November 19, 2013

Adaptive vs. Responsive Web Design: The Basics

Adaptive and responsive web design are two commonly used approaches to display websites on multiple devices. The approaches get confused sometimes because of their similarities, but they aren’t exactly the same thing. Let’s compare the two.

Responsive Web Design works regardless of the resolution of the device, and it’s more fluid. It bases the width of a website on percentages instead of exact pixels. This percentage ratio is also translated to the size of images and videos.

Because of that, as you resize browser widths, the layout and images change gradually, following the size of your screen widths. It uses media queries in the site’s CSS (Cascading Style Sheets). See for an example of this.

Adaptive design uses predetermined, specific resolutions based on specific sizes. You can see this in action by resizing the browser window width. As you resize the window down or up, the layout snaps into the predetermined widths. (See to see this in action.)

Adaptive design uses server side scripts to detect the specific devices, and then delivers the correct code for that device. The technique allows you to be very specific and prescriptive. You can also gradually add or disable code and functionality according to what devices users are accessing your site with.

Web designer Jeffrey Zeldman, whose company published the book Responsive Web Design, says that our understanding of Responsive Design should be broadened “to cover any approach that delivers elegant visual experiences regardless of the size of the user’s display and the limitations or capabilities of the device.” In short, adaptive web design is a subset of responsive web design.

Adaptive and responsive web design techniques are very similar. It’s important not to get caught up in the terminologies. Look at your analytics and determine what is best for your site:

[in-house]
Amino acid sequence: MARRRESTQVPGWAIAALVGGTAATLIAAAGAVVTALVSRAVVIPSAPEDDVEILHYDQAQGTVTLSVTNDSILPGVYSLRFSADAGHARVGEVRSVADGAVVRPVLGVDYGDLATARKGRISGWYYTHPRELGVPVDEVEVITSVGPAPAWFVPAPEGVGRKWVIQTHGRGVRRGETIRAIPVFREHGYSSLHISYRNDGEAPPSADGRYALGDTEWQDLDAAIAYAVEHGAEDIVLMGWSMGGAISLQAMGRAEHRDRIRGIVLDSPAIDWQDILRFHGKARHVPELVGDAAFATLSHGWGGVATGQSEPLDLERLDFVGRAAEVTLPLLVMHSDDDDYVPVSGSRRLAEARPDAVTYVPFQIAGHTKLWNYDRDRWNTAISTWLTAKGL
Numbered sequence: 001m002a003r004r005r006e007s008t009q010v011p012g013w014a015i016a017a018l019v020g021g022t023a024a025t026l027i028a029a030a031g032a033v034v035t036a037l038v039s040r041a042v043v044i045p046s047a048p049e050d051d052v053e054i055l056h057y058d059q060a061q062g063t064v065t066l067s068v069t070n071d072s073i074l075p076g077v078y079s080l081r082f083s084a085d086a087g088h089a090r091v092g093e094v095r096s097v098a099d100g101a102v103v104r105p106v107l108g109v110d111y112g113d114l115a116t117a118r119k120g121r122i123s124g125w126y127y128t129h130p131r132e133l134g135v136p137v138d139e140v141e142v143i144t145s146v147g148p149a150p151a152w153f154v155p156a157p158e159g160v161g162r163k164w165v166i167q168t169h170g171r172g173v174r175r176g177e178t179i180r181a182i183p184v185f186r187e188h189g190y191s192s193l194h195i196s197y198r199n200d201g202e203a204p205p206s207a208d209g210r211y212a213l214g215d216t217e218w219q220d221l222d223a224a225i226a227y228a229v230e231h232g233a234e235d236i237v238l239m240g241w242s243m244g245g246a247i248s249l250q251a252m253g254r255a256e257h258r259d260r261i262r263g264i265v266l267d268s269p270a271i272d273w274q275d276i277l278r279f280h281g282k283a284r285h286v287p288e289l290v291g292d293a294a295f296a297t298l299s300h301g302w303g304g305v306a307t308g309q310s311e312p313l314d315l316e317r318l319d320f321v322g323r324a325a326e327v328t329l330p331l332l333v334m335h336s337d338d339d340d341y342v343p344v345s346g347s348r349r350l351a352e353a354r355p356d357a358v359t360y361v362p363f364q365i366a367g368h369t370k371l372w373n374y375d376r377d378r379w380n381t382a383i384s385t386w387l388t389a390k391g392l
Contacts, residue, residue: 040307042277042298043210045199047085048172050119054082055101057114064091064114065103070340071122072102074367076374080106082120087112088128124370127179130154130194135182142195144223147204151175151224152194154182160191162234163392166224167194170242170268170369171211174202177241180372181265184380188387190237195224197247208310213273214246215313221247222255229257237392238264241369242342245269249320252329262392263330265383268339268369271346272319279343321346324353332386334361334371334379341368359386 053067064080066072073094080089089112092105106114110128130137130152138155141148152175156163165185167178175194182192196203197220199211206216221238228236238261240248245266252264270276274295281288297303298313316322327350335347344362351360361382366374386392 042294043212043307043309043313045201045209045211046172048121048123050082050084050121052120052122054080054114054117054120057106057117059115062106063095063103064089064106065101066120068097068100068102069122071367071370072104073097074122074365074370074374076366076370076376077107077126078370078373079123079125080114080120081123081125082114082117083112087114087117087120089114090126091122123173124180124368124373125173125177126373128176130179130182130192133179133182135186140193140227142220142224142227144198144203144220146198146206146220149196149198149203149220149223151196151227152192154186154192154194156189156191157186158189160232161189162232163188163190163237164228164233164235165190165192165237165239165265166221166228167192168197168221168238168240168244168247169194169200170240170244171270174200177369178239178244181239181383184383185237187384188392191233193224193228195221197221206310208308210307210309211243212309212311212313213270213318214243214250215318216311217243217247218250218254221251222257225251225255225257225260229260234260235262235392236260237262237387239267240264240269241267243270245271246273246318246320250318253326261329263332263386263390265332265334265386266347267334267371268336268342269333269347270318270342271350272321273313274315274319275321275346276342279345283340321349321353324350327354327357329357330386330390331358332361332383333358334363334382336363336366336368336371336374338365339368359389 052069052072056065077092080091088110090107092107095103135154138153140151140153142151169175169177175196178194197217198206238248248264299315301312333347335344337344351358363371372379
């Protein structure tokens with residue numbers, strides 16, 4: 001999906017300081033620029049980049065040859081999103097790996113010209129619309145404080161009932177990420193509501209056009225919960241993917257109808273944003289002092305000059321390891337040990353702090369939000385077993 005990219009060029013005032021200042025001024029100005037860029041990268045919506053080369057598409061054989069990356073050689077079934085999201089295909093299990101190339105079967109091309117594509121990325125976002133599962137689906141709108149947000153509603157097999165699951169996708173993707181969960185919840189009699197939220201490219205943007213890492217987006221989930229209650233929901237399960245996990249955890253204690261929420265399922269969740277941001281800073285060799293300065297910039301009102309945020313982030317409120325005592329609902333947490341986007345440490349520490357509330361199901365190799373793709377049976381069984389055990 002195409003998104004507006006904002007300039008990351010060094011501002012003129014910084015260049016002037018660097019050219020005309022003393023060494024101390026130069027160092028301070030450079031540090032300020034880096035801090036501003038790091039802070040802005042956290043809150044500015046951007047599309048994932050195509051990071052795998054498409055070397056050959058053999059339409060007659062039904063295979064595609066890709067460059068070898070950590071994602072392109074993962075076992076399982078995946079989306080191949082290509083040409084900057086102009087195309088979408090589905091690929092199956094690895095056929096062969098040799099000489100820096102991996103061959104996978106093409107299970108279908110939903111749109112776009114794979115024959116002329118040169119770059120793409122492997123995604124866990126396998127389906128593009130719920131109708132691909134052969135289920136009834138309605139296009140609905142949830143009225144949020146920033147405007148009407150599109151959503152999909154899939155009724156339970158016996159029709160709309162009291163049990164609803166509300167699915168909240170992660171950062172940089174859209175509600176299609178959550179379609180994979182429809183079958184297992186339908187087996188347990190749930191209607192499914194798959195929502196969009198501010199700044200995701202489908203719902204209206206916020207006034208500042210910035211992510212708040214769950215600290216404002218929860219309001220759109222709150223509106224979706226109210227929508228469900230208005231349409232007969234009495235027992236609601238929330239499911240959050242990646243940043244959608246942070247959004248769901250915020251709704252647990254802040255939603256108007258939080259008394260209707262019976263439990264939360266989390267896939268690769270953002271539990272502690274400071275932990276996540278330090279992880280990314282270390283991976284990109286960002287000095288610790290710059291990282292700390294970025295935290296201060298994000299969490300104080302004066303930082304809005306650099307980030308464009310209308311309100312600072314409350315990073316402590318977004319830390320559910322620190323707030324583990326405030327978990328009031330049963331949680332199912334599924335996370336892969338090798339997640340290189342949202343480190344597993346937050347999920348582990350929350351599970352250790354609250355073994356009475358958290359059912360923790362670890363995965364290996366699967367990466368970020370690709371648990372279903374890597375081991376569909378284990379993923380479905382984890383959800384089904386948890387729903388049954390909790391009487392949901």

• If you notice that your audience is mostly using a few devices with specific resolutions, then you might want to use adaptive layout. Also, if you want to target specific behaviors on devices such as enabling touch gestures and location capabilities, then you’ll want to use adaptive design.
  • If you want to make sure that the user experience is consistent across all devices, Responsive Design is the better alternative.

You can also combine the two techniques to provide the best solution for your site. For example, you can use responsive layout and combine it with adaptive techniques, such as having smaller images snap to a predetermined size for mobile devices.

Always remember this:

  • Content first.
    Treat layout as an enhancement. Optimize your content for mobile devices.
  • Mobile first.
    Mobile design starts with lowest common denominator: the smallest mobile device (think old cell phones) with slow internet connection and bandwidth. Make sure it works in those devices, and progressively build more complex functionality only as needed.

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